I realize the rule about using like as a preposition (and as as a conjunction) is often confused, but it's not a difficult rule to learn and follow. My style manual says:
as, like Often confused when comparing things. Both mean "equally" or "the same as." Use the conjunction as, however, to introduce a clause (a group of words with its own subject and verb), he should in this example: Jennifer saves her computer work as she should. Use like as a preposition to make a direct comparison of nouns or pronouns. It needs an object, an expert in this example: Jennifer saves her computer work like an expert. Memory tip: As is followed by a noun and a verb while like is followed by only a noun.

The "i before e" rule listed in the article is incomplete; the complete rule acknowledges exceptions  ("... Or when sounded as 'a,' As in neighbor and weigh"). Sure, that rule has other exceptions, but as a mnemonic tip, it's a good starting point before checking a dictionary.

The rule for using fewer and less is described incompletely in the article, even inaccurately. Here's a more complete description from my style manual that I think is clear and useful to readers:

fewer, less Fewer (or few) stresses number, and less stresses degree or quantity. Use fewer for plural nouns and individual items that can be counted, less for singular nouns and a bulk, amount, sum, period of time or idea that is measured in other ways: Fewer than 10 applicants called. I had less than $50 in my pocket. Fewer dollars, less money. Less food, fewer calories
Agreed, the rules about using apostrophes for plural possessives are not easy to remember, but that's why having access to a style manual is useful and smart. I think using them correctly aids reader comprehension. Here's an outline of related rules under possessives in my online guide:
  • Use only an apostrophe for singular proper names ending in sDrakes' decision. And add only an apostrophe to plural proper names ending in sthe Parkses' home.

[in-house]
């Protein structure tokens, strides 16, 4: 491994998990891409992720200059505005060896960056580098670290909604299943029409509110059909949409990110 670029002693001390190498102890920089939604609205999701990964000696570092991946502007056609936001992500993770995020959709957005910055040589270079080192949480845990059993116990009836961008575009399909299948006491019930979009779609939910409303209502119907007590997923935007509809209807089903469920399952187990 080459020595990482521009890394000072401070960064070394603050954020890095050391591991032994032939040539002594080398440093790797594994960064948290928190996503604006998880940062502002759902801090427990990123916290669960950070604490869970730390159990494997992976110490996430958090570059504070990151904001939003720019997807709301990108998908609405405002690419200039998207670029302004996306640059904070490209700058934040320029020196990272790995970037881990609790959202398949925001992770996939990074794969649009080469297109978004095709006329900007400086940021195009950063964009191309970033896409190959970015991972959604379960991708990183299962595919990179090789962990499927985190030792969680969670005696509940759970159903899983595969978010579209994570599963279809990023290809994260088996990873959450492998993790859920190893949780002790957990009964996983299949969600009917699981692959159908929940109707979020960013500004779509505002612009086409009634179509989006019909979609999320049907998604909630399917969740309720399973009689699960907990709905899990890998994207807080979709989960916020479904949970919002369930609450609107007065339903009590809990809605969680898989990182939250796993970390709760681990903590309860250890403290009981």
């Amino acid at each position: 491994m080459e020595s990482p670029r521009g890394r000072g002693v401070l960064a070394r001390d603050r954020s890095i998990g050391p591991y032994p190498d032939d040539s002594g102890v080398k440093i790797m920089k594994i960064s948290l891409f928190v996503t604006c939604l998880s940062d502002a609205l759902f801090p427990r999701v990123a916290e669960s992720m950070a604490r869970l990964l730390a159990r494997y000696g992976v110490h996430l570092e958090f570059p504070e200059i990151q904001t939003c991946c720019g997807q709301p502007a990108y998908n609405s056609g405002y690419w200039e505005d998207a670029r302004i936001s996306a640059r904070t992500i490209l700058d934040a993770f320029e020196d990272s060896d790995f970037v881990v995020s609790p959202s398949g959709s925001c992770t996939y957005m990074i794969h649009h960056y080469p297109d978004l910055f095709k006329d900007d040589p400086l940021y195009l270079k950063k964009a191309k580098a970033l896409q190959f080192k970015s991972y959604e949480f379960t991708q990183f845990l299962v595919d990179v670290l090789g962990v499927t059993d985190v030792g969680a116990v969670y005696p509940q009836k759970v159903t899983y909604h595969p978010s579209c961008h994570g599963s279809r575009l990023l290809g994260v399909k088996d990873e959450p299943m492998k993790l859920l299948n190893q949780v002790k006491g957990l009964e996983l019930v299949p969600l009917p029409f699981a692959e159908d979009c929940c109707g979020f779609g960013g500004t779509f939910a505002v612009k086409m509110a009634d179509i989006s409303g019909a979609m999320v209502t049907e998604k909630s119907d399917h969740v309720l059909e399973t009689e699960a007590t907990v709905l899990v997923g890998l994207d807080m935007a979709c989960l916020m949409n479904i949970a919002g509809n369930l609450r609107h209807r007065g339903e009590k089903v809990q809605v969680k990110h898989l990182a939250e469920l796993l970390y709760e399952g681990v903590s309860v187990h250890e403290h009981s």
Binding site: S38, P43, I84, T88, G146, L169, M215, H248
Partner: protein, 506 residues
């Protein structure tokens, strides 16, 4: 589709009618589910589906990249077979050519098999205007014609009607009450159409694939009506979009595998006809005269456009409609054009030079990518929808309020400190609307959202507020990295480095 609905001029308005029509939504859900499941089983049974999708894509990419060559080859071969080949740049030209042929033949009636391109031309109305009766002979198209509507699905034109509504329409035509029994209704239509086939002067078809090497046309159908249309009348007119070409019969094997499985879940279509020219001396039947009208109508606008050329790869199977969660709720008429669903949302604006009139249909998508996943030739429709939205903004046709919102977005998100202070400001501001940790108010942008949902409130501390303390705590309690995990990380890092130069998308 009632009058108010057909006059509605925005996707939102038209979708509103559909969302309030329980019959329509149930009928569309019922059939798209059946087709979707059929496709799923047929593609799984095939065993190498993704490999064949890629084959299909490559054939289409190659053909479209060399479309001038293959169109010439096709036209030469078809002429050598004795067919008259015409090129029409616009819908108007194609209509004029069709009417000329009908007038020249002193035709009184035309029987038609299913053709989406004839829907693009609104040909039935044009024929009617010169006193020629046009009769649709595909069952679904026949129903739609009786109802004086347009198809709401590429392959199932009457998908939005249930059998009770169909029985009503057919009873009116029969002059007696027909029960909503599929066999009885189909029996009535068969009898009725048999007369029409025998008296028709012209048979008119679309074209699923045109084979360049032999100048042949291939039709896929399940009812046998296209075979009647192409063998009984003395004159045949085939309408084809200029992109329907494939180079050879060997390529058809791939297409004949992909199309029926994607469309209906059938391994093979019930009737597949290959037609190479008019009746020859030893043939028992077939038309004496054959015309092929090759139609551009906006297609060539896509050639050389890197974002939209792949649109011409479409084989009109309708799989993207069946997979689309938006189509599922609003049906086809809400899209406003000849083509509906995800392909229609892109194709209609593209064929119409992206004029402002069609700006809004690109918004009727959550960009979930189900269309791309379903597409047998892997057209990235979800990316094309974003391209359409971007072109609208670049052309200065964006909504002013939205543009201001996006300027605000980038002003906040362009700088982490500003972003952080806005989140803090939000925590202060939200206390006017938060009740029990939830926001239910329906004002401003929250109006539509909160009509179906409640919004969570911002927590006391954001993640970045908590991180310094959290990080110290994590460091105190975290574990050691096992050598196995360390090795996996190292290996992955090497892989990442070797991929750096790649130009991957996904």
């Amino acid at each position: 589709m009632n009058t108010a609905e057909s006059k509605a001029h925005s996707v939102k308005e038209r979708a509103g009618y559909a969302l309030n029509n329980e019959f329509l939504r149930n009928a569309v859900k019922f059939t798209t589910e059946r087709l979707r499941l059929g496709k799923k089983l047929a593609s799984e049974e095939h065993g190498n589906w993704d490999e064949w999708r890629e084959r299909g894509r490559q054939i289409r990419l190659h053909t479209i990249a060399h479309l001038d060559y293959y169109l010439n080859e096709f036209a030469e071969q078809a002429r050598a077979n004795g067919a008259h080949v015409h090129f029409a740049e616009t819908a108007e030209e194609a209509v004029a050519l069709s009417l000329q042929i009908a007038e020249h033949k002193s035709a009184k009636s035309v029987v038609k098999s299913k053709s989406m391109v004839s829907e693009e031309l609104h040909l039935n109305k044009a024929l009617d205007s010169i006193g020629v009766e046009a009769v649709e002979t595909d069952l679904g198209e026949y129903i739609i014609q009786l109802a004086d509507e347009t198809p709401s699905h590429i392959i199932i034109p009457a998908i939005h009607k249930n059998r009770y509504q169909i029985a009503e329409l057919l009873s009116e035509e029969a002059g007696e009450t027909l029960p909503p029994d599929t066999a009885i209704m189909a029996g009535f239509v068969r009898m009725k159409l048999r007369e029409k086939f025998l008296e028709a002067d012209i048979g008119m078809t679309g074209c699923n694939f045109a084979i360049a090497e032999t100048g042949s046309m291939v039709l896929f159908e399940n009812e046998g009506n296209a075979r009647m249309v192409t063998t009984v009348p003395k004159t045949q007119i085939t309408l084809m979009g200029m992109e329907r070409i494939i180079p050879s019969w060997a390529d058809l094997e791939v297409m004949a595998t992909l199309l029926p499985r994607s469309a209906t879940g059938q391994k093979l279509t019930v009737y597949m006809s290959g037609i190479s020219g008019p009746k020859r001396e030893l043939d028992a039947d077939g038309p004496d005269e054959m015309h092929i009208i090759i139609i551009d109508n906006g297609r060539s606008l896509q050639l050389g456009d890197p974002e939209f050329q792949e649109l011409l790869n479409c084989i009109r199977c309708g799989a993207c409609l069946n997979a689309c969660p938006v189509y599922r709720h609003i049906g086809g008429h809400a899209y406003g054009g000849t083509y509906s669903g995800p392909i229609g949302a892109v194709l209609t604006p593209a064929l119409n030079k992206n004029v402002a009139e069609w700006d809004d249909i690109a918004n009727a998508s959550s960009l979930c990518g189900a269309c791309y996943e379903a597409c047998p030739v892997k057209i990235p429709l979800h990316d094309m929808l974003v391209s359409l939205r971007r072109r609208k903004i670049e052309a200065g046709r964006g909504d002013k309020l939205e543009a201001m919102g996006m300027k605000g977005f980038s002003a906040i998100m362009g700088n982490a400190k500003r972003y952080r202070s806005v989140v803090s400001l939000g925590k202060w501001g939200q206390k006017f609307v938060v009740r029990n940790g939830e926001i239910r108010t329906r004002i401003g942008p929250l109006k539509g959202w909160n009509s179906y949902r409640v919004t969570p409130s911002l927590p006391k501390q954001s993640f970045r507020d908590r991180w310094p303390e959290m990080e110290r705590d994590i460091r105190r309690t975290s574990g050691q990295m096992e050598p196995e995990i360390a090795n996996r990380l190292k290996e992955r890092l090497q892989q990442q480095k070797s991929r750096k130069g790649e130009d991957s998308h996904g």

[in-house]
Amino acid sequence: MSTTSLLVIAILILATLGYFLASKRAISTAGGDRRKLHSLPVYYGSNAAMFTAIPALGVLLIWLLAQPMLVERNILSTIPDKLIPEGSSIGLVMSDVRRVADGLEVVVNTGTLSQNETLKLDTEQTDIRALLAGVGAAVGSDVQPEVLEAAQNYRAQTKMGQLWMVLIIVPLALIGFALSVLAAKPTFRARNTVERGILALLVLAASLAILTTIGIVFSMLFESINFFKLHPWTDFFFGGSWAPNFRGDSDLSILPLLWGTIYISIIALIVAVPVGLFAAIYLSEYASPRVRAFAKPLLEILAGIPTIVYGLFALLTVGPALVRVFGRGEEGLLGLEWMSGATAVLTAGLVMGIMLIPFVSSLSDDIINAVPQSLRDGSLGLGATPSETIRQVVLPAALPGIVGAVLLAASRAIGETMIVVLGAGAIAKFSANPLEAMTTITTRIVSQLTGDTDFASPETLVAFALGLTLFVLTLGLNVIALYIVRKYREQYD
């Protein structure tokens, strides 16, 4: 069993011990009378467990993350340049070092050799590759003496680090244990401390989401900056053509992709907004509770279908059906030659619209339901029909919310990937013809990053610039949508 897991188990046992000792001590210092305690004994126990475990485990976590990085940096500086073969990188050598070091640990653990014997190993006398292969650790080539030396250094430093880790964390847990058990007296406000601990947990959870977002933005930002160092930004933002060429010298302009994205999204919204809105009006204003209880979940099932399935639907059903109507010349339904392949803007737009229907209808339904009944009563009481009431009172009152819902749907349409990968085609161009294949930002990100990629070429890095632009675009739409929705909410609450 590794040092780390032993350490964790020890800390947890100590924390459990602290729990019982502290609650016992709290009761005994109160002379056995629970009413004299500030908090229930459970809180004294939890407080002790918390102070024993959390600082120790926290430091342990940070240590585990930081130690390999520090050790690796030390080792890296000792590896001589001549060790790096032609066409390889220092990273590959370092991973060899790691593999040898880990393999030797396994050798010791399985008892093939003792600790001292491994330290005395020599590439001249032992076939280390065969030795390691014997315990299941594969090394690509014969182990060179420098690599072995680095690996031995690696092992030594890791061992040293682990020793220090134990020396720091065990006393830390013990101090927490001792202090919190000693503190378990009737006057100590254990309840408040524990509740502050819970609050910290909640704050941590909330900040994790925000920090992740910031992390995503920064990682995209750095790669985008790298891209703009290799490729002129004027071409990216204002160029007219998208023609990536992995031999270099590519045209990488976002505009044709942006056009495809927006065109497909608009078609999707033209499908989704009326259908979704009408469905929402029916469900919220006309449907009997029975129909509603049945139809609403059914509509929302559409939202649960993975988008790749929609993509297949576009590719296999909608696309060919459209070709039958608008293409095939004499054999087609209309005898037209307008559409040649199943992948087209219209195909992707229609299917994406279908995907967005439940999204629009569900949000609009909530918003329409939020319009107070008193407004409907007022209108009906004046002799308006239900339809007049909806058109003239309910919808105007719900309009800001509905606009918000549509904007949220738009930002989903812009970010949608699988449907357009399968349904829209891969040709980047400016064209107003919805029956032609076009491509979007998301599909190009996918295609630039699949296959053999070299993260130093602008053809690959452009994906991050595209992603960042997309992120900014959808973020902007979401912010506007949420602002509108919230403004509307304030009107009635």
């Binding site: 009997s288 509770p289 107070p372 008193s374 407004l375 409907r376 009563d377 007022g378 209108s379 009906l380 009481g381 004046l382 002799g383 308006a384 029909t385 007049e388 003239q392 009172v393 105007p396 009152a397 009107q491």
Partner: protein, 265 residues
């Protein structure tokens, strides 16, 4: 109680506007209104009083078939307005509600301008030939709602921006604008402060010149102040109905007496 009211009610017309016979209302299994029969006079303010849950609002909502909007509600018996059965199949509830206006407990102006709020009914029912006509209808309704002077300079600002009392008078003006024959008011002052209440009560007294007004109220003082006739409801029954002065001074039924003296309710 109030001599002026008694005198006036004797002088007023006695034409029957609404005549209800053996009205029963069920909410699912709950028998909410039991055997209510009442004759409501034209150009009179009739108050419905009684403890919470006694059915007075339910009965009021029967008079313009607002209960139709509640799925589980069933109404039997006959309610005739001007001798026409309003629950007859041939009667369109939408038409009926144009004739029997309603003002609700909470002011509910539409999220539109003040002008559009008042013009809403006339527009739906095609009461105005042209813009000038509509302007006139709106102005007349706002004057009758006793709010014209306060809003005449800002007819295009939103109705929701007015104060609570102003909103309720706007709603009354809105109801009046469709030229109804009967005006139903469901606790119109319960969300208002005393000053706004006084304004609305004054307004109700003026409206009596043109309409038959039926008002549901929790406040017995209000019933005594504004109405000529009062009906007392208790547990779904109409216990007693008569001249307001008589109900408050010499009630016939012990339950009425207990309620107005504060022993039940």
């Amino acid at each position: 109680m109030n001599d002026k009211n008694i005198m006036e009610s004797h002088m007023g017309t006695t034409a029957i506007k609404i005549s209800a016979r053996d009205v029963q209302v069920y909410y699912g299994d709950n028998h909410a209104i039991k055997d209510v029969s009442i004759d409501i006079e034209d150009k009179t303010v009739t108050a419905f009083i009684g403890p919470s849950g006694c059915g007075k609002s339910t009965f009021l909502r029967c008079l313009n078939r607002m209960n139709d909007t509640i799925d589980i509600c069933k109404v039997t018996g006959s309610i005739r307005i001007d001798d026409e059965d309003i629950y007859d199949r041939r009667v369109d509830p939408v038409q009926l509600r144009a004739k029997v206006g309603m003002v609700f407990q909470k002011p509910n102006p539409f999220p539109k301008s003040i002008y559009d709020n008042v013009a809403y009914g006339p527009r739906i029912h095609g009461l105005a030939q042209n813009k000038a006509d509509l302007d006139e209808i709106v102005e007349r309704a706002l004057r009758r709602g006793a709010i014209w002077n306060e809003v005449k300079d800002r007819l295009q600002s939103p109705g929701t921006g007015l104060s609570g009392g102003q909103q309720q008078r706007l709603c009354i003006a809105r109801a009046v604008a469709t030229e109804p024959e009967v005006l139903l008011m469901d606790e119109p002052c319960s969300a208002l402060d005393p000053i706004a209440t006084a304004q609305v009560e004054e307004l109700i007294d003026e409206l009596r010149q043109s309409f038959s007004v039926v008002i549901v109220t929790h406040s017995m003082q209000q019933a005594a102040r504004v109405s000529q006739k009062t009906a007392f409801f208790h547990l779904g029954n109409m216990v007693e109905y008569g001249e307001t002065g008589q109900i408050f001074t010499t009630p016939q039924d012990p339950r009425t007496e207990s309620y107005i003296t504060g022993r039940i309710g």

• Add 's to plural nouns not ending is schildren's passes, men's bike, women's rights, women's room.
  • Add only an apostrophe to plural nouns ending in sthe girls' books, boys' bike, plants' supervisors, families' cars.
  • When a plural noun is possessive but each person "owns" only one item, the item should also be listed in plural form. To confirm correctness, rephrase the possessive relationship as an of phrase: the children's brains or the brains of the childrenthe teachers' hands or the hands of the teachers.
  • When two or more people jointly own an item, put the apostrophe after the noun closest to the item: Gary and Gina's car(they jointly own car), Gary and Gina's cars (they jointly own more than one car). But when two or more people separately own items, put an apostrophe or an 's after each noun: Gary's and Gina's cars.
  • When writing about a family in the plural, add s and then an apostrophe: the Abernathys' Christmas greeting (but Bob Abernathy's Christmas greeting).
  • Add only an apostrophe to nouns plural in form, singular in meaning: mathematics' rules, United States' wealth.
Some writing authorities don't like differentiating that and which, but I agree with those authorities who believe making the distinction can aid readers. And it's usually not difficult to follow the rule. Here's the description in my style manual: